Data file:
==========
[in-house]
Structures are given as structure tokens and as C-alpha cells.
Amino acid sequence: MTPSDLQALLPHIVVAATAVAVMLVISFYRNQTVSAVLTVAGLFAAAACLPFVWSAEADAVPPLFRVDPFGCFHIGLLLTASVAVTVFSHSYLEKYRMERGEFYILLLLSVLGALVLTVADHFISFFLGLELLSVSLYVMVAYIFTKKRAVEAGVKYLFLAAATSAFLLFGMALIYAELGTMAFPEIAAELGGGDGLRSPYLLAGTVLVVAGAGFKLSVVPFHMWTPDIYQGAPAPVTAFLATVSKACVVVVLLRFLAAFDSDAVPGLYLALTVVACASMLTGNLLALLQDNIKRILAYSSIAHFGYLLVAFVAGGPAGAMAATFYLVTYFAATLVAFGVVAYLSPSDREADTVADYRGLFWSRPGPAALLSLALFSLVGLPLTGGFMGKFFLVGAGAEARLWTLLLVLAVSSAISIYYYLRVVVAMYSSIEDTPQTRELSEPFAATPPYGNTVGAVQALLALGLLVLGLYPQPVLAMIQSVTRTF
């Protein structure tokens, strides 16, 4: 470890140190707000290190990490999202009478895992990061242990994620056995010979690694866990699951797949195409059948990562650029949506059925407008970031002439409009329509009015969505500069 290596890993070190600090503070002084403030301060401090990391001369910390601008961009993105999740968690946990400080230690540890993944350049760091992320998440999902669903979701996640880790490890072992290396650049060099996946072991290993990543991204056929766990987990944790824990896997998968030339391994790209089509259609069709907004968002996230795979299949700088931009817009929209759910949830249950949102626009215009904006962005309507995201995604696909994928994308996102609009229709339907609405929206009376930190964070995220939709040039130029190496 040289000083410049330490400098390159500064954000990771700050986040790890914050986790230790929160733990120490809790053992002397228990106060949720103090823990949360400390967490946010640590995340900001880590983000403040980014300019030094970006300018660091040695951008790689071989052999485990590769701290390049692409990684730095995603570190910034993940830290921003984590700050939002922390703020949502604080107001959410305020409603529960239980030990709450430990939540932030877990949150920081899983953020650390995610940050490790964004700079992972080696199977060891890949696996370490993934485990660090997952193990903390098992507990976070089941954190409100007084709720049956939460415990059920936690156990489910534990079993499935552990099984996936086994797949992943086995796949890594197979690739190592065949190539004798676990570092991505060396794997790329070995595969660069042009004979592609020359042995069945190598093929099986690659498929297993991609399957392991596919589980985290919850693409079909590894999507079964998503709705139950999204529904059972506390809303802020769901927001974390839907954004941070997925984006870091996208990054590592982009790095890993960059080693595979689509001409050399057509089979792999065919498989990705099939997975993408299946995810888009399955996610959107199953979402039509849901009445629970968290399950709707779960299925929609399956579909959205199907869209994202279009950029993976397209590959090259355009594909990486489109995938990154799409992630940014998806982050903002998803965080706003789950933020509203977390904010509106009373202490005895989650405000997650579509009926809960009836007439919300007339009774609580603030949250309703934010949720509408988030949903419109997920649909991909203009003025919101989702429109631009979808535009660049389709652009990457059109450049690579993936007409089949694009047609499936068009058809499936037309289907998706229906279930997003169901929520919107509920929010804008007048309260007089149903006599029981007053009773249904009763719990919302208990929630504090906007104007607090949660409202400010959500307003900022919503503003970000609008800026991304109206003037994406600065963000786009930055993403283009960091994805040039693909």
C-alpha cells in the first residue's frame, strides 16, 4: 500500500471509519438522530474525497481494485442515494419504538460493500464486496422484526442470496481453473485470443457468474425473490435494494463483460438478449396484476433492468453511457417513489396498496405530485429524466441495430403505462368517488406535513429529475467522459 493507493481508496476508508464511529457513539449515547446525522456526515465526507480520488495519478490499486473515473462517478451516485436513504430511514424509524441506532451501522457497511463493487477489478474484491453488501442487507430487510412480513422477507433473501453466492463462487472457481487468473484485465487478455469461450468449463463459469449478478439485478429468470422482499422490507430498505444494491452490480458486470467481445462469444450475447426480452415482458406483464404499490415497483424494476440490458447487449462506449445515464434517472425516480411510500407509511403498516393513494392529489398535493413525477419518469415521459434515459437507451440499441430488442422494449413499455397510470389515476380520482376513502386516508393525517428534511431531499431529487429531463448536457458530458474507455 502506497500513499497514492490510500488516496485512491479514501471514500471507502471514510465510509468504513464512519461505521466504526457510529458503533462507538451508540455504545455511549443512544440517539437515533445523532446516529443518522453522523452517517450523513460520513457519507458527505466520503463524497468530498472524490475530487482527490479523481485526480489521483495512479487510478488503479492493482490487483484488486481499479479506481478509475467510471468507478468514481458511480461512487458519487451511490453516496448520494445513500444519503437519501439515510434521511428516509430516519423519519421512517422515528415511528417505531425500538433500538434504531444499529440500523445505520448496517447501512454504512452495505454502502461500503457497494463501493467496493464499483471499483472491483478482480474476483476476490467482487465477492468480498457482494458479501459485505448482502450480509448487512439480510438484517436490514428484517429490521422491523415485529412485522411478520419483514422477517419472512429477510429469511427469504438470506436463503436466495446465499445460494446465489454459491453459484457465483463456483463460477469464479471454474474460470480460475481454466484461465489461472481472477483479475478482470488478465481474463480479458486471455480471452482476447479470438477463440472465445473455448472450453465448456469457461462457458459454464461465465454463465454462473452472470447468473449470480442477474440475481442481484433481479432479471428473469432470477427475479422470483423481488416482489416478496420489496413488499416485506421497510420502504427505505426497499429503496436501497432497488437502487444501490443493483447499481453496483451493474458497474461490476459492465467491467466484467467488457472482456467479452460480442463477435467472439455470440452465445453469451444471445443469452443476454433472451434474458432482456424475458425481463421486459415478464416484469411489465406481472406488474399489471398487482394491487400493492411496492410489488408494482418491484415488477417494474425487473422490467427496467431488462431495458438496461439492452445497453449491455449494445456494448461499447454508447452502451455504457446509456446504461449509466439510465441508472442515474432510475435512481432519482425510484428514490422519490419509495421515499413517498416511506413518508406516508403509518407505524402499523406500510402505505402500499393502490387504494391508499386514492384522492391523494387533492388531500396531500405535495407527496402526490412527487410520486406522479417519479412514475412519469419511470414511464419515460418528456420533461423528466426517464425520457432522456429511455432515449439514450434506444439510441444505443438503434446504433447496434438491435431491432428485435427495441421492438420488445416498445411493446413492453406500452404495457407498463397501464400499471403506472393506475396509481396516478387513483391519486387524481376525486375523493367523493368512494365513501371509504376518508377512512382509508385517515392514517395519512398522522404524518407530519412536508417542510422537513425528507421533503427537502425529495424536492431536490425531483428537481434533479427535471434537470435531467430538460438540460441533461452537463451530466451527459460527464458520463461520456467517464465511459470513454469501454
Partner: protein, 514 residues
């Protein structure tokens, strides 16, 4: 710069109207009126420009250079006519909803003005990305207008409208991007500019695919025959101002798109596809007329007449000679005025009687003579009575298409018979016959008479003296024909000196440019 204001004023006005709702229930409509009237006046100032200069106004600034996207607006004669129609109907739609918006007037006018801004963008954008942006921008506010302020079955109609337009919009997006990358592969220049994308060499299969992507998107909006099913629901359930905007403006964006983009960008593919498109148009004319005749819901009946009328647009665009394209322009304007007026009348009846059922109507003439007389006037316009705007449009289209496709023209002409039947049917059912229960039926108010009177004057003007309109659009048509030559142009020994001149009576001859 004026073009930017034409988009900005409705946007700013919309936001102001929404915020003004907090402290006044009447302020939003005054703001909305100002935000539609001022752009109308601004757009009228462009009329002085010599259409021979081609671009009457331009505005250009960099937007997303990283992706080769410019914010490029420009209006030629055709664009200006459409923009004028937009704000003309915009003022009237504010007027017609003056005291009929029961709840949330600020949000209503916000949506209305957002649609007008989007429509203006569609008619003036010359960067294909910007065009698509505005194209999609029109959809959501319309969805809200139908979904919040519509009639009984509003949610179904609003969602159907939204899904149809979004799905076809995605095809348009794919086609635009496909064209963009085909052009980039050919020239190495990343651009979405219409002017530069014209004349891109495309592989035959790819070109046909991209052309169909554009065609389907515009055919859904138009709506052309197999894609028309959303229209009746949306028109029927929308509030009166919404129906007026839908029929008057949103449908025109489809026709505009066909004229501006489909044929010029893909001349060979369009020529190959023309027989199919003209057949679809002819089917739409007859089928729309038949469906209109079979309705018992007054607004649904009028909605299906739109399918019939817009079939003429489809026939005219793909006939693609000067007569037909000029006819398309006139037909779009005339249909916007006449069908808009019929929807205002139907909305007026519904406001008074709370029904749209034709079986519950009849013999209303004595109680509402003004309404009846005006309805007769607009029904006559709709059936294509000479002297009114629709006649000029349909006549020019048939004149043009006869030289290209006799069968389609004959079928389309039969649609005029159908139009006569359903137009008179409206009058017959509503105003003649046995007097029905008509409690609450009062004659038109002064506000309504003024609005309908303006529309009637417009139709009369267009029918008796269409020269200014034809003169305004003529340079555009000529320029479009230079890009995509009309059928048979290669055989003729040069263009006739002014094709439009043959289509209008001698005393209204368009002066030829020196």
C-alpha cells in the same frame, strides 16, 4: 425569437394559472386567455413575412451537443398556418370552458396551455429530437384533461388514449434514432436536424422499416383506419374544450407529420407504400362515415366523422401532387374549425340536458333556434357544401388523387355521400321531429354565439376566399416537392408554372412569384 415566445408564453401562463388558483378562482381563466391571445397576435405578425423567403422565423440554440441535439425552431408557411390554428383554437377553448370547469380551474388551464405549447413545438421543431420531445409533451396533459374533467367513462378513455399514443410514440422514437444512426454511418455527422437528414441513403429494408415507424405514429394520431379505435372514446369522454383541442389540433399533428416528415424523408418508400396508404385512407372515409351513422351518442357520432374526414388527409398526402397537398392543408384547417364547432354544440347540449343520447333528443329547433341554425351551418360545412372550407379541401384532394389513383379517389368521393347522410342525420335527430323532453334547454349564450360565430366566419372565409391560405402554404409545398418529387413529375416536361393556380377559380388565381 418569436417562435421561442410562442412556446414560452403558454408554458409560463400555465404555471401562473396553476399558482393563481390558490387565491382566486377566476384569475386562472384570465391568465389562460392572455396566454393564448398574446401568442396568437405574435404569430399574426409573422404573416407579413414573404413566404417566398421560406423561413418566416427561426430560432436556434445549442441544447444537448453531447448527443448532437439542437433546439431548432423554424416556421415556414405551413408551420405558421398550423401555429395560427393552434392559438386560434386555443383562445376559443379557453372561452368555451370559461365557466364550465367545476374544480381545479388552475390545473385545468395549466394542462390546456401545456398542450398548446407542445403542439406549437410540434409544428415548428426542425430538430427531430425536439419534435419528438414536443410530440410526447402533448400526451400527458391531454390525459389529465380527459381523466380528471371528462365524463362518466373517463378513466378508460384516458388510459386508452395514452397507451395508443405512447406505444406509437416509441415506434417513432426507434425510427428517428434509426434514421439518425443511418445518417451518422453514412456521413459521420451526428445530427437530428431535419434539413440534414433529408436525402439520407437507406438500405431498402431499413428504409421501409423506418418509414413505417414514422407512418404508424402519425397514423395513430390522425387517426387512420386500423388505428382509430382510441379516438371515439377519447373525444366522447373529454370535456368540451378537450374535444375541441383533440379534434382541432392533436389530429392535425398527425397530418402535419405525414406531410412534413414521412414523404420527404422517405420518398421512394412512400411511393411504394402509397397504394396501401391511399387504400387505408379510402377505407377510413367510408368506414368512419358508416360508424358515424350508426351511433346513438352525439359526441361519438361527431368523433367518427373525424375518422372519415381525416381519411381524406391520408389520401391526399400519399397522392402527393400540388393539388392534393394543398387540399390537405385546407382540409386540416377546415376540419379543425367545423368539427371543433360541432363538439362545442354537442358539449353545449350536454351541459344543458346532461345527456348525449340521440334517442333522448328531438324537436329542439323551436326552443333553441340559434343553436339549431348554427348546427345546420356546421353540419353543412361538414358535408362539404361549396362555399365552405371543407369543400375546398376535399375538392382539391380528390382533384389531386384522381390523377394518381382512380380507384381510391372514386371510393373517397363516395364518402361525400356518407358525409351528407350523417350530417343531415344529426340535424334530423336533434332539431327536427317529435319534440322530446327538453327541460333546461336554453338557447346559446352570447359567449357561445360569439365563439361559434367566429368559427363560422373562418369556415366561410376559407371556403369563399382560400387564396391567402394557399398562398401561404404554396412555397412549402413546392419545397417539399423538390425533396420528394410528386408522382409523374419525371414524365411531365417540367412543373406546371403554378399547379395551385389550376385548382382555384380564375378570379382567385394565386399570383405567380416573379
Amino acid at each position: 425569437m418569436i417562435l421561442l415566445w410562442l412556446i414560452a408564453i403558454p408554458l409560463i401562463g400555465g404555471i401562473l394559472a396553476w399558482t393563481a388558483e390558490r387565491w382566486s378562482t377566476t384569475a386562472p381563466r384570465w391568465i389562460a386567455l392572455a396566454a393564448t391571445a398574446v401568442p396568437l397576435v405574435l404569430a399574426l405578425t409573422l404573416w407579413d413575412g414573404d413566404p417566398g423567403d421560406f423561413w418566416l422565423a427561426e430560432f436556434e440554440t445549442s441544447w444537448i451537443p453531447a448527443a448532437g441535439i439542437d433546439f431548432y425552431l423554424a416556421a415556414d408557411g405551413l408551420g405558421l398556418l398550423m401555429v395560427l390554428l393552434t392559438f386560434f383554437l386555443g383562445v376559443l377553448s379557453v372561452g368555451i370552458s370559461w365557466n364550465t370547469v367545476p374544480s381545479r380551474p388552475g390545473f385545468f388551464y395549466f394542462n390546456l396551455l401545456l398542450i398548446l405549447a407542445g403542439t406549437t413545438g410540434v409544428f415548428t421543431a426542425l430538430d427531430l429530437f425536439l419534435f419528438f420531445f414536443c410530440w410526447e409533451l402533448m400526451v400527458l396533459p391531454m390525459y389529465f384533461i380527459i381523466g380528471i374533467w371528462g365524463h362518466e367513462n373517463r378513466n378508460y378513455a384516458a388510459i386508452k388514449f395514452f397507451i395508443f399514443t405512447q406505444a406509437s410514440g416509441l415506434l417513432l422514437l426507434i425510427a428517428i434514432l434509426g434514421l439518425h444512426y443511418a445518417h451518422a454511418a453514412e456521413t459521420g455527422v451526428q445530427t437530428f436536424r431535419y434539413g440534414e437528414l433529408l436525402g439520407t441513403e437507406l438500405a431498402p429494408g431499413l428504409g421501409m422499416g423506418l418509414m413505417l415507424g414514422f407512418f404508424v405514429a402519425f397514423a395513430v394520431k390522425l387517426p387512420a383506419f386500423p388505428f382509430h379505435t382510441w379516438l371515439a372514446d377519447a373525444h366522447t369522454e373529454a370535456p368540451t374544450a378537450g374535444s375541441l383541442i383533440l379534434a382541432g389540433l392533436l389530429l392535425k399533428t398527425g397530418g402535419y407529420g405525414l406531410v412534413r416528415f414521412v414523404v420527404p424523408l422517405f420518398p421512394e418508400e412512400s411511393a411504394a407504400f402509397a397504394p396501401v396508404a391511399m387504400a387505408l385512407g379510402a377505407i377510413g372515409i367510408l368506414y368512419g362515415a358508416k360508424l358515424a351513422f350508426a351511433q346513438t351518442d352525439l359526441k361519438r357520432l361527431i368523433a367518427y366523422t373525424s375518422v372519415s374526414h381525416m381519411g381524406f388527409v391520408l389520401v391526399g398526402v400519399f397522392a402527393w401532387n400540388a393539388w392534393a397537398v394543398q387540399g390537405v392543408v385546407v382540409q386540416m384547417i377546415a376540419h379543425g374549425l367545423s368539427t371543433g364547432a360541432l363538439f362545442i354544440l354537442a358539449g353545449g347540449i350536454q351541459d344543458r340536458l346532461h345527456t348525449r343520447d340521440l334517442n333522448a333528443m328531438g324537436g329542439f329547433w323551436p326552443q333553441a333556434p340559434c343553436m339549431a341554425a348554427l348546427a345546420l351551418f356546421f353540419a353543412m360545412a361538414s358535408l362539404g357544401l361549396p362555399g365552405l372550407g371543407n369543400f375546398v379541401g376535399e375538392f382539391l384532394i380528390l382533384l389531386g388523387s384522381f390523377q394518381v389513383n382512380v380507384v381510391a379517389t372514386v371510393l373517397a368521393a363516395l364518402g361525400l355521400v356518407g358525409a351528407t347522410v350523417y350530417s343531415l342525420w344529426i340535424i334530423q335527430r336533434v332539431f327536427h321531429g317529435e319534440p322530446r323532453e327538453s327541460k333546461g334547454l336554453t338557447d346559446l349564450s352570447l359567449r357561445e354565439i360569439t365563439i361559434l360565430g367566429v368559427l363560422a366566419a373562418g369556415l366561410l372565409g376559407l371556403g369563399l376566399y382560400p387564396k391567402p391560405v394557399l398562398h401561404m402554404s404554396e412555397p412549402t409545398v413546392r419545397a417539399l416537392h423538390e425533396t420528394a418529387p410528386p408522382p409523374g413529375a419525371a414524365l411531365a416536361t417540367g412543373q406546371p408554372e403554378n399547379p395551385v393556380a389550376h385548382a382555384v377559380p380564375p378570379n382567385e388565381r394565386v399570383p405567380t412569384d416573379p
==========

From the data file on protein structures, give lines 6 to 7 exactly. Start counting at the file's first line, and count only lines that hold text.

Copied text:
Partner: protein, 514 residues
């Protein structure tokens, strides 16, 4: 710069109207009126420009250079006519909803003005990305207008409208991007500019695919025959101002798109596809007329007449000679005025009687003579009575298409018979016959008479003296024909000196440019 204001004023006005709702229930409509009237006046100032200069106004600034996207607006004669129609109907739609918006007037006018801004963008954008942006921008506010302020079955109609337009919009997006990358592969220049994308060499299969992507998107909006099913629901359930905007403006964006983009960008593919498109148009004319005749819901009946009328647009665009394209322009304007007026009348009846059922109507003439007389006037316009705007449009289209496709023209002409039947049917059912229960039926108010009177004057003007309109659009048509030559142009020994001149009576001859 004026073009930017034409988009900005409705946007700013919309936001102001929404915020003004907090402290006044009447302020939003005054703001909305100002935000539609001022752009109308601004757009009228462009009329002085010599259409021979081609671009009457331009505005250009960099937007997303990283992706080769410019914010490029420009209006030629055709664009200006459409923009004028937009704000003309915009003022009237504010007027017609003056005291009929029961709840949330600020949000209503916000949506209305957002649609007008989007429509203006569609008619003036010359960067294909910007065009698509505005194209999609029109959809959501319309969805809200139908979904919040519509009639009984509003949610179904609003969602159907939204899904149809979004799905076809995605095809348009794919086609635009496909064209963009085909052009980039050919020239190495990343651009979405219409002017530069014209004349891109495309592989035959790819070109046909991209052309169909554009065609389907515009055919859904138009709506052309197999894609028309959303229209009746949306028109029927929308509030009166919404129906007026839908029929008057949103449908025109489809026709505009066909004229501006489909044929010029893909001349060979369009020529190959023309027989199919003209057949679809002819089917739409007859089928729309038949469906209109079979309705018992007054607004649904009028909605299906739109399918019939817009079939003429489809026939005219793909006939693609000067007569037909000029006819398309006139037909779009005339249909916007006449069908808009019929929807205002139907909305007026519904406001008074709370029904749209034709079986519950009849013999209303004595109680509402003004309404009846005006309805007769607009029904006559709709059936294509000479002297009114629709006649000029349909006549020019048939004149043009006869030289290209006799069968389609004959079928389309039969649609005029159908139009006569359903137009008179409206009058017959509503105003003649046995007097029905008509409690609450009062004659038109002064506000309504003024609005309908303006529309009637417009139709009369267009029918008796269409020269200014034809003169305004003529340079555009000529320029479009230079890009995509009309059928048979290669055989003729040069263009006739002014094709439009043959289509209008001698005393209204368009002066030829020196």